When running the World’s Toughest Mudder obstacle race, Chris Collier will try not to think about the electric shock obstacles or be intimidated by the seemingly impossible leaps. Instead, he will focus on the reason he decided to participate in the military-designed race – the children he is raising money for.
Collier, a 32-year-old officer with the Henderson Police Department, hopes to raise money for the Candlelighters Childhood Cancer Foundation of Nevada as he races.
“One of the obstacles I am dreading is called Walk the Plank,” Collier said. “Basically, it’s a climb up to a 15-foot platform followed by a jump off the platform into a lake below. I am about as scared of heights as it gets. That will definitely be one of those times where I draw upon the Candlelighters to get me moving.”
The organization provides support and services for families of children 21 or younger who have been diagnosed with cancer. It receives its support through private donations and grants.
Melissa Cipriano, the executive director of the organization, said people have used races to help raise money before.
“It’s not that uncommon,” Cipriano said.
Collier, who was not certain what a good fundraising goal should be, said he hopes to raise at least $1,000.
Before becoming an officer, Collier was a construction contractor. He lived in San Diego before moving to Henderson for a construction job. When jobs proved to be scarce, Collier considered joining law enforcement.
“I had family that was in law enforcement – my dad, my aunt and uncle,” Collier said.
The person who pushed him to enroll was his grandfather, a veteran whom he always admired.
In high school, Collier had considered following his grandfather’s footsteps and enlisting in the military. However, that dream was deferred when he broke his arm.
But Collier always hoped to do some type of service like the rest of his family. He eventually tested with the city of Henderson and became an officer in 2008.
His family also instilled a spirit of community service to go beyond just putting on the uniform.
“It’s all about a community relationship,” Collier said.
As an officer, Collier said, he wants to break down barriers to make sure police are seen as more approachable and involved and give back even when not in uniform.
After being hired, Collier joined the running team and started competing in 5Ks and other races.
Collier ran Tough Mudder, a 10- to 12-mile obstacle course designed by British Special Forces. Tough Mudder has events in seven countries and is known for grueling obstacles. The race took place in February in Temecula, Calif.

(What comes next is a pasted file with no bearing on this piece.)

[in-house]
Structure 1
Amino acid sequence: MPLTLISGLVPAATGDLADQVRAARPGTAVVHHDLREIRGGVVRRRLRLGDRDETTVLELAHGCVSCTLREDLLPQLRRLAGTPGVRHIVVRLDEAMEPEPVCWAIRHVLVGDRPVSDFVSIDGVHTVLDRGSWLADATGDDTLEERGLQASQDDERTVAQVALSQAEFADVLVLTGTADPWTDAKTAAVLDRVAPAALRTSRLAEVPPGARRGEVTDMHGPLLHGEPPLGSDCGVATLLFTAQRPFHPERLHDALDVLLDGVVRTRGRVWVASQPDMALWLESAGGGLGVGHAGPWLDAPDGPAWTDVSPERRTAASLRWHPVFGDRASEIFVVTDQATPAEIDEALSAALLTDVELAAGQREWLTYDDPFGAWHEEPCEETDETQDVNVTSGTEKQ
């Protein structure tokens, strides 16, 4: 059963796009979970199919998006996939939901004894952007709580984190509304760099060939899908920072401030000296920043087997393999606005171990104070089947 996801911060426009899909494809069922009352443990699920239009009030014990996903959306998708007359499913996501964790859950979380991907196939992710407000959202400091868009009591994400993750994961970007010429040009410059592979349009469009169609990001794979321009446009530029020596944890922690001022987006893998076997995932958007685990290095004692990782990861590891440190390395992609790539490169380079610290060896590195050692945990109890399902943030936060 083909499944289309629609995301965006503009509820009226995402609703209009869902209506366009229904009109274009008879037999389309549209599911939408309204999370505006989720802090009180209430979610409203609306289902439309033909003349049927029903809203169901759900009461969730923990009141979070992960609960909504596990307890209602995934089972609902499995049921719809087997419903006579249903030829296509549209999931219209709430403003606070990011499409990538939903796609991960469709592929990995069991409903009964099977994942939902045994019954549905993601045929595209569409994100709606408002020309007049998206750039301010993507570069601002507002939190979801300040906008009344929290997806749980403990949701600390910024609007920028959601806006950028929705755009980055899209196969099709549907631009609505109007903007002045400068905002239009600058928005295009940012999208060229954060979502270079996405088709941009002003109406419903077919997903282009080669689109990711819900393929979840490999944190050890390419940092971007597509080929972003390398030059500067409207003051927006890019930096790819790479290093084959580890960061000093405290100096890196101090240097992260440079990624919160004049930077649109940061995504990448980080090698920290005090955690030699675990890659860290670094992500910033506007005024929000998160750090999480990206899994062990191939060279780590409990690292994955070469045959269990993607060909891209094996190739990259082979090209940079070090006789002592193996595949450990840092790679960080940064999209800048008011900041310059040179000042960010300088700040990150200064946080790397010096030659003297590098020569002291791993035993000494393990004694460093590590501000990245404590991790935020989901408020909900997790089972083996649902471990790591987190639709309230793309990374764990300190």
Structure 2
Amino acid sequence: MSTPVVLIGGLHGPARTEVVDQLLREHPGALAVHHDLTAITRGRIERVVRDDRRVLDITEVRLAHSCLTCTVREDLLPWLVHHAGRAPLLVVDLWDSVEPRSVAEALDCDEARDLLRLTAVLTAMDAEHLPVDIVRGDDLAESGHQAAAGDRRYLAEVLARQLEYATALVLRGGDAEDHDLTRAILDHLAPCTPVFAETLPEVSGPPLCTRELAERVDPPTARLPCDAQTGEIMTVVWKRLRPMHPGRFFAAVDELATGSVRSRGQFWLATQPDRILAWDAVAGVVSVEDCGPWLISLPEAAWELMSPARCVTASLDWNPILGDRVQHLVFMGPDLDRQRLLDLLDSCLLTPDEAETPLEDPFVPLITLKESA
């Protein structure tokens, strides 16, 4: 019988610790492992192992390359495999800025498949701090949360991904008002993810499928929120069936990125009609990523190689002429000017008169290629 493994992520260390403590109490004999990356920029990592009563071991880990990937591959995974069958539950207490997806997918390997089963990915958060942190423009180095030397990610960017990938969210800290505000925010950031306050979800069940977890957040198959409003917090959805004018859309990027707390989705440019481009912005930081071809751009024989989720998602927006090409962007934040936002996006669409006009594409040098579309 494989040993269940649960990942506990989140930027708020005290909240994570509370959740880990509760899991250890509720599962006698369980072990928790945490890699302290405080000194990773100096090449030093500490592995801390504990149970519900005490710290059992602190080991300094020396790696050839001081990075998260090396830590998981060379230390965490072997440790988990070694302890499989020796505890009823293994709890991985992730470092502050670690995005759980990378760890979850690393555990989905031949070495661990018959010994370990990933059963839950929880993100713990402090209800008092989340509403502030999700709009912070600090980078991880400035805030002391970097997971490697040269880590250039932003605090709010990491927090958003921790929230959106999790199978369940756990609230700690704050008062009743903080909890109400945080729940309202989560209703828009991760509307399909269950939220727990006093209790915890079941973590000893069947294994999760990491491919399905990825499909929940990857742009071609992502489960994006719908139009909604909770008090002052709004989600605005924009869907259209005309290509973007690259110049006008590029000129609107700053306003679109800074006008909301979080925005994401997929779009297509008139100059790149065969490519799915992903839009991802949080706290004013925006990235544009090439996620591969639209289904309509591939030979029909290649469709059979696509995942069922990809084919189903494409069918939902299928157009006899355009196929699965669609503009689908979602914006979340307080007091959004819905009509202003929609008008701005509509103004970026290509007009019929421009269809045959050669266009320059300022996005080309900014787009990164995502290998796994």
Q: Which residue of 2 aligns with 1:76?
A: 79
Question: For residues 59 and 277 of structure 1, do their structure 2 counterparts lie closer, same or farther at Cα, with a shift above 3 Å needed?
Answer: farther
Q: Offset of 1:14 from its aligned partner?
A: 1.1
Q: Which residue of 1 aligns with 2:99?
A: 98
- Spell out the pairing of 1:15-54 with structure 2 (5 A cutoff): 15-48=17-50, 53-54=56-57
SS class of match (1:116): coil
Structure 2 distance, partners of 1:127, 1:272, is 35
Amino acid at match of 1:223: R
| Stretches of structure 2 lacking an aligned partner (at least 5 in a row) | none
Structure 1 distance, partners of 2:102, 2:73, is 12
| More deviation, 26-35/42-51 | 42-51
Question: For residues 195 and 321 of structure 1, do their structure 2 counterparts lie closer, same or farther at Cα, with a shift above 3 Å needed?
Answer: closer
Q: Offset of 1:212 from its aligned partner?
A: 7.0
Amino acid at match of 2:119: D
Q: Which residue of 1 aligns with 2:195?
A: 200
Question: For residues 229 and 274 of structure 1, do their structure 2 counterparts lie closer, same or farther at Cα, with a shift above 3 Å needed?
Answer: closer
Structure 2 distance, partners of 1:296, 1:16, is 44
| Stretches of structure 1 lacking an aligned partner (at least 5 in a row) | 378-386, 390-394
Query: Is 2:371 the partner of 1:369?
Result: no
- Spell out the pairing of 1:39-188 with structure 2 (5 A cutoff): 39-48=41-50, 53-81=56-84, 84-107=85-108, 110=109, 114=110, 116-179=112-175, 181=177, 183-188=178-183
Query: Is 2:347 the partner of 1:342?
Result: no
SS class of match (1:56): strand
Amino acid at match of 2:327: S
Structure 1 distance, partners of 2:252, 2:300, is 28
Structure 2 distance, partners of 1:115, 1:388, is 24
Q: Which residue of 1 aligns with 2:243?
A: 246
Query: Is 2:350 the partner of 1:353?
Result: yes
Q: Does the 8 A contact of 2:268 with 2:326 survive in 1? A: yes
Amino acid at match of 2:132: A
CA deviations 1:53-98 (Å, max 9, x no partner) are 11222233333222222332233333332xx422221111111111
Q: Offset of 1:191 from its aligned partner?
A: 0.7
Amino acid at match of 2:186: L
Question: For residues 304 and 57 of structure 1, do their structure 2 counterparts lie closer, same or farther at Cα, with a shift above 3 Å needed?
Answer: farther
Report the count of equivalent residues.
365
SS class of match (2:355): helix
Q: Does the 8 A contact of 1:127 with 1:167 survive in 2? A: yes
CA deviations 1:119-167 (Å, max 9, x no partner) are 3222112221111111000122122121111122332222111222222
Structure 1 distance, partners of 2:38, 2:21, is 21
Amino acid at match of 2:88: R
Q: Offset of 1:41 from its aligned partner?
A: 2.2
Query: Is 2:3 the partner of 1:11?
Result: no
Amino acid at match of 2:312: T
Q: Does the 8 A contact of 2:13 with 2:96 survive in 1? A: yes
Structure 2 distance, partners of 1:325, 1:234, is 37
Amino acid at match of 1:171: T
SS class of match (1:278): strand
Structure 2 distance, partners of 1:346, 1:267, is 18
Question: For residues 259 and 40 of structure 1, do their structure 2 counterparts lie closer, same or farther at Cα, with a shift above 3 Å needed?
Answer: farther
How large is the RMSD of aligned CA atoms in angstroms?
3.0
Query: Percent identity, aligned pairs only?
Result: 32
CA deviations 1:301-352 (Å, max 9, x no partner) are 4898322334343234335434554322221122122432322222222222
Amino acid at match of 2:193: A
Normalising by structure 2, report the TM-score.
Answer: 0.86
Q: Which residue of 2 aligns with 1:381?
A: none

His time of 1 hour and 50 minutes placed him in the top 5 percent of finishers and qualified him for the World’s Toughest Mudder, scheduled for Nov. 17-18 in New Jersey.
World’s Toughest Mudder, which features twice as many obstacles, brings in top competitors worldwide to compete in the 24-hour event.
The course includes obstacles such as Electroshock Therapy, where participants must sprint through a field of live wires carrying as much as 10,000 volts of electricity, or the Fire Walker, where runners go through a trench of flames.
Even though the competition raises money for the Wounded Warrior Project – $3 million to date – Collier wanted to go beyond that and raise money for a Nevada-based charity.
After talking to his wife, a nurse, he learned more about Candlelighters Childhood Cancer Foundation of Nevada.
Currently, Collier is in training mode. He can be found running Henderson trails, whether it’s the Amargosa or Reunion trails.
In addition to lots of cardio work, Collier does other cross-training efforts such as tire pulls, where he drags a tire behind him as he runs, or sledgehammer swings, where he repeatedly hits a tire with a sledgehammer.
He also trains in a wet suit, a potential outfit for the race that could help him fight elements such as cold water.
“My main goal for the race is not to compete for first place,” Collier said. “As nice as that would be, I don’t have the time to fully commit to training that way. I’d rather go as far as I can and push the preconceived limits of my body and allow my mind to be in control.”
Collier doesn’t know if he will do the World’s Toughest Mudder again.
“It’s expensive,” Collier said. “Maybe if it were on the West Coast.”
He does plan to participate in other challenges such as GORUCK Challenge, the Spartan Death Race and the Fuego Y Agua Survival Run, which is on a volcano in Nicaragua.
For more information or to donate, visit tinyurl.com/8bxprkq.
Contact Henderson/Anthem View reporter Michael Lyle at firstname.lastname@example.org or 702-387-5201.